It looks like DC Comics are using the Omnibus format as their current way to collect classic material in chronological order. In the past, there have been the Archives series (hardcover, full color), the Showcase Presents series (softcover, black and white, usually twice the page count of an Archive), and the Chronicles series (softcover, full color, smaller page count than an Archive). In the past few years, all of these lines have been quietly shuttered, and now DC is releasing Omnibus collections in both hardcover and softcover formats.
As you would expect, the Omnibus hardcovers are huge. Two Silver Age volumes collected the first 76 issues of JLA (along with Brave and Bold 28-30 and Mystery in Space 75), for example. Earlier this year, DC released JLA: The Bronze Age Omnibus Volume 1, collecting JLA # 77-113. That's almost half of the original series collected in this way, which for a fan like me is great news. The JLA Archives had 10 volumes, collected the first 93 issues, and the first volume and last volume were released twenty-two years apart. The first JLA Omnibus came out in 2014.
DC is also releasing these collections in trade paperbacks with a smaller page count than the hardcovers. The great thing is that these TPBs collect more issues than the Archives did! The material collected in the first JLA Silver Age Omnibus has all been released in 3 TPBs.
I have the first JLA Silver Age TPB, and I loved it! I also have the first JLA Showcase Presents, but I find that without color, I just don't enjoy the stories as much as I could. Actually, I find I enjoy most Silver Age comics more in color versus reading them in Showcase Presents and Essential Marvel.
I wonder how many of the rest of you are buying and reading these Omnibus collections, and what you think of the format.
"I suspect they are looking at how many are pre-ordered by Amazon and other retailers."
Oh, yeah, definitely. But from a fan perspective, the disappointment is worse than the waiting.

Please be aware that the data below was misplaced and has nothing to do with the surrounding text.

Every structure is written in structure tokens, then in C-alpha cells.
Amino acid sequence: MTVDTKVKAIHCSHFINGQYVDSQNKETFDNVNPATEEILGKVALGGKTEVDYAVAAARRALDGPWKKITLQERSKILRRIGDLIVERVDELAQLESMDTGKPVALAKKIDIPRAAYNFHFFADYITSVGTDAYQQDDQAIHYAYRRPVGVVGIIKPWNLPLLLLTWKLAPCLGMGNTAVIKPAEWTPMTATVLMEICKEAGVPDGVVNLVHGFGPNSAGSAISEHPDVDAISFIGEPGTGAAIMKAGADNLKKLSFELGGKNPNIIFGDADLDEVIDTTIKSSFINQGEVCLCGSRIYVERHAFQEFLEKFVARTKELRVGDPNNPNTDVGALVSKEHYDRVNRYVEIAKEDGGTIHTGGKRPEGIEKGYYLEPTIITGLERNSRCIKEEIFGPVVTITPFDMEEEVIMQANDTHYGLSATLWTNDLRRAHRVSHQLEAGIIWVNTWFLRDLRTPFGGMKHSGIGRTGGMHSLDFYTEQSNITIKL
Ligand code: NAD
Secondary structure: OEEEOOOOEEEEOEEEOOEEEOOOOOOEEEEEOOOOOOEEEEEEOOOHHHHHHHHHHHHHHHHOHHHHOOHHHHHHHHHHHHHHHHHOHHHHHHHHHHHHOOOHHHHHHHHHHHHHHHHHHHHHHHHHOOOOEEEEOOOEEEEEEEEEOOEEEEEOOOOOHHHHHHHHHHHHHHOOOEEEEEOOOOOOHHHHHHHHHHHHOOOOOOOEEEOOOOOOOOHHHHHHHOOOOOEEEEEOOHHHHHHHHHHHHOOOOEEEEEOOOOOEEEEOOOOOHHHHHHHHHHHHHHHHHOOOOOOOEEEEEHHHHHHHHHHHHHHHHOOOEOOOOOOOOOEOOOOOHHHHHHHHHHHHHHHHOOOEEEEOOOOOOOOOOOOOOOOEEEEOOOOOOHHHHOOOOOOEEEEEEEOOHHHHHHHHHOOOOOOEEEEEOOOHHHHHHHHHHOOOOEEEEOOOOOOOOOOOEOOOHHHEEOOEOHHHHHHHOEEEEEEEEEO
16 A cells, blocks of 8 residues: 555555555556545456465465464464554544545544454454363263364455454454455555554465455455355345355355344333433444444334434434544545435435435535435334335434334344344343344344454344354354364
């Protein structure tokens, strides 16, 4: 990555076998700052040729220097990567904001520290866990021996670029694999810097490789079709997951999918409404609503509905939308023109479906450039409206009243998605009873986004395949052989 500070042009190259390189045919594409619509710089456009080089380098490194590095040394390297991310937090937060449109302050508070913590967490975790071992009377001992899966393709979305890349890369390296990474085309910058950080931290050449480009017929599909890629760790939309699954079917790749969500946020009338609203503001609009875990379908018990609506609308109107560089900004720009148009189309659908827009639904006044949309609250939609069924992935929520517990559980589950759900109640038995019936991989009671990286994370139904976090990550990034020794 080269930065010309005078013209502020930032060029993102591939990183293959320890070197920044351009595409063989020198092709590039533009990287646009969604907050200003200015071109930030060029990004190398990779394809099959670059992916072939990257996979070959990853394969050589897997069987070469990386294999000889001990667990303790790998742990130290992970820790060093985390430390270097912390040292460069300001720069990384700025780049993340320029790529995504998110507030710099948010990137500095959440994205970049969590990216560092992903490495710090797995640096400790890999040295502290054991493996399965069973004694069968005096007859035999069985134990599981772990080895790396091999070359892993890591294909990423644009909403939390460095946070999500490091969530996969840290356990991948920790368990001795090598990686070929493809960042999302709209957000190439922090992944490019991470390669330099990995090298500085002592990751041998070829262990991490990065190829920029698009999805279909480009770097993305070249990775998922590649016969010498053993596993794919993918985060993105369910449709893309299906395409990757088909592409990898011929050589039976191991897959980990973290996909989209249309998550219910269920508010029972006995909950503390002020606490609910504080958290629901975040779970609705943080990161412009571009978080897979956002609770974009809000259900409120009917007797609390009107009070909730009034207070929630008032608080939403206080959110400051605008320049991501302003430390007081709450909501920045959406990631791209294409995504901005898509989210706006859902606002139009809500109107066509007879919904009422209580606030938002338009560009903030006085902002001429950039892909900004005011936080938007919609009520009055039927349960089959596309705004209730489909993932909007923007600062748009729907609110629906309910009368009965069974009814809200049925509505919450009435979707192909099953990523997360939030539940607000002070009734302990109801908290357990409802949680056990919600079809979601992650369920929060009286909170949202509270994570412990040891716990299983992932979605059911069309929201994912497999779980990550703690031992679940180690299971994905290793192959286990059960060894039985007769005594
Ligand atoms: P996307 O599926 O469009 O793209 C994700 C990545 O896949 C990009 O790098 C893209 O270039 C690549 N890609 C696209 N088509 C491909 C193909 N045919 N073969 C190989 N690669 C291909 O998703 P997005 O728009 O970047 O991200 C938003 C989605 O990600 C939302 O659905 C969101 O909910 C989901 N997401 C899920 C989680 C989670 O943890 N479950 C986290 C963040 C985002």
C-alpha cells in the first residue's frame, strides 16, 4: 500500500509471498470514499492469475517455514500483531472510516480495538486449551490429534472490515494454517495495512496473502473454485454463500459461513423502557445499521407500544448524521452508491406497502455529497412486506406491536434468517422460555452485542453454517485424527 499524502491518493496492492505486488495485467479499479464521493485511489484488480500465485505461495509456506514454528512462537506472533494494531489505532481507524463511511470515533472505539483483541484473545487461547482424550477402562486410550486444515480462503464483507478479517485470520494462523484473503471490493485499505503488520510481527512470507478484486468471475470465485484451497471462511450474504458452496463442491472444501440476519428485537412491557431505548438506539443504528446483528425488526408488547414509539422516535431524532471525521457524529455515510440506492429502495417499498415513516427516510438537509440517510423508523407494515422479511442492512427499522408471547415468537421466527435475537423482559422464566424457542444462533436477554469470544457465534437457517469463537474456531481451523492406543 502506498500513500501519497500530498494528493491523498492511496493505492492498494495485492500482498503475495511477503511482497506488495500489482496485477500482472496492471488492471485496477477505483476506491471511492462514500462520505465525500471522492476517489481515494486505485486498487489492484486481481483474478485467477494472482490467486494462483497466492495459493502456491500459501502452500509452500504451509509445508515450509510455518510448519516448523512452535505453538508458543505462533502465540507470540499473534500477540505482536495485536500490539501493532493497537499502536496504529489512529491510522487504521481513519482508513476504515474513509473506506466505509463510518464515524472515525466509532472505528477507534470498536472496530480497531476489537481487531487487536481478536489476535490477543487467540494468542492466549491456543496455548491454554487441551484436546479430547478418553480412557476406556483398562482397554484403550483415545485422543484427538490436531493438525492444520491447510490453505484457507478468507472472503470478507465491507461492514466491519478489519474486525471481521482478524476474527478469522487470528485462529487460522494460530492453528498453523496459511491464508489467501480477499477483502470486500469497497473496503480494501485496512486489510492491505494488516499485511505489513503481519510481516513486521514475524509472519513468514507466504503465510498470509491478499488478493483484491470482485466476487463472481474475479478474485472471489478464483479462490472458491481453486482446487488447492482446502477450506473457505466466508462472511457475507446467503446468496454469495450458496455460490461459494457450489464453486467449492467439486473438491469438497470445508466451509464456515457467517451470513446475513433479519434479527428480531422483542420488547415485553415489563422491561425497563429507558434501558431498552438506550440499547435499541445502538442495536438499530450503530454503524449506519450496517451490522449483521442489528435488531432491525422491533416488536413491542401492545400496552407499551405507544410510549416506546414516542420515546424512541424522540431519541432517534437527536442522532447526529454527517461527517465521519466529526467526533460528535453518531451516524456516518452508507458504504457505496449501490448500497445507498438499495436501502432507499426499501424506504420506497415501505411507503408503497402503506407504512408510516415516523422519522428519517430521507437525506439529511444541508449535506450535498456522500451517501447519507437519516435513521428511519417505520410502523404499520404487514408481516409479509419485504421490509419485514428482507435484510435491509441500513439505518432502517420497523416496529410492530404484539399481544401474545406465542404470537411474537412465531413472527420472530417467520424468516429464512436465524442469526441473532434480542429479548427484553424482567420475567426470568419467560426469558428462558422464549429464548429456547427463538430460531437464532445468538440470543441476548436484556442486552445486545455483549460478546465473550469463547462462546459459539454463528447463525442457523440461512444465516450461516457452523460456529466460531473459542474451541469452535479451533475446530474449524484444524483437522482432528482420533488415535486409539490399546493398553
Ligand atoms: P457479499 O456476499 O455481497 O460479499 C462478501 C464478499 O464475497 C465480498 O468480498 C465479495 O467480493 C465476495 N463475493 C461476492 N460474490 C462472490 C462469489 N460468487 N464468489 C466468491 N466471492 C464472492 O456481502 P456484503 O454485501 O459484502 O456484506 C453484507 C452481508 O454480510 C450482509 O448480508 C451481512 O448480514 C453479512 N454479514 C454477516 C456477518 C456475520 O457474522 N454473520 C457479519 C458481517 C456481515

I'm disappointed in Aquaman as well, but I do have all of those books anyway, so it's not a crisis for me. But we've already got one Showcase and two Archives of the same material in print as it is. With the "Search for Mera" HC out already, most of the Silver Age Aquaman is available. It's not ideal, but you can assemble a pretty good SA Aquaman reprint collection.
My dream Aquaman collection is the Golden Age stuff that's never been reprinted in any form. Like the GA Green Arrow Omni, it would be kinda repetitive, maybe even dull. But I'd sure like to compare the first origin (early '40s) and second origin (1958), the introduction of Topo and Aqualad, and all the other World's Finest and Adventure back-up stories. Heck, I'd pay good money to see the "yellow glove" period, just to see what Roy Thomas was on about in All-Star Squadron.
I'm looking forward to the "Wrath of the Spectre" HC and sure hope they don't cancel that. Once again, I have all the books that will be included, but it'll be nice to have both the SA Spectre and the Fleisher Spectre in between two covers. DC never finished collecting the Golden Age Spectre (Damn. It.), but this is a nice addition anyway. Spectre is one of those characters whose entire solo adventures prior to the '80s could be collected in about 3 or 4 Omnis.
Aquaman's debut and origin from More Fun Comics #73 (N'41) was first reprinted in Secret Origins #7 (N'74) but the actual origin was told, not shown, in a panel or two. Basically, his father found some way to turn his son into a water-breather. And that was that.
The funny thing was that when I got this book, I already read his revised/Silver Age/Earth-One origin and was perplexed why this story was "lying" to a nine-year old!
Also, my personal theory is that Secret Origins #7 which came out seven months after Secret Origins #6 (F'74) was an unadvertised Super Friends tie-in, connecting two cancelled collections!
I think Aquaman had a more extended origin later in the series, but I might be thinking of the Silver Age origin. Anyway, that's why I want the collection, so I can refer to vaguely remembered stories.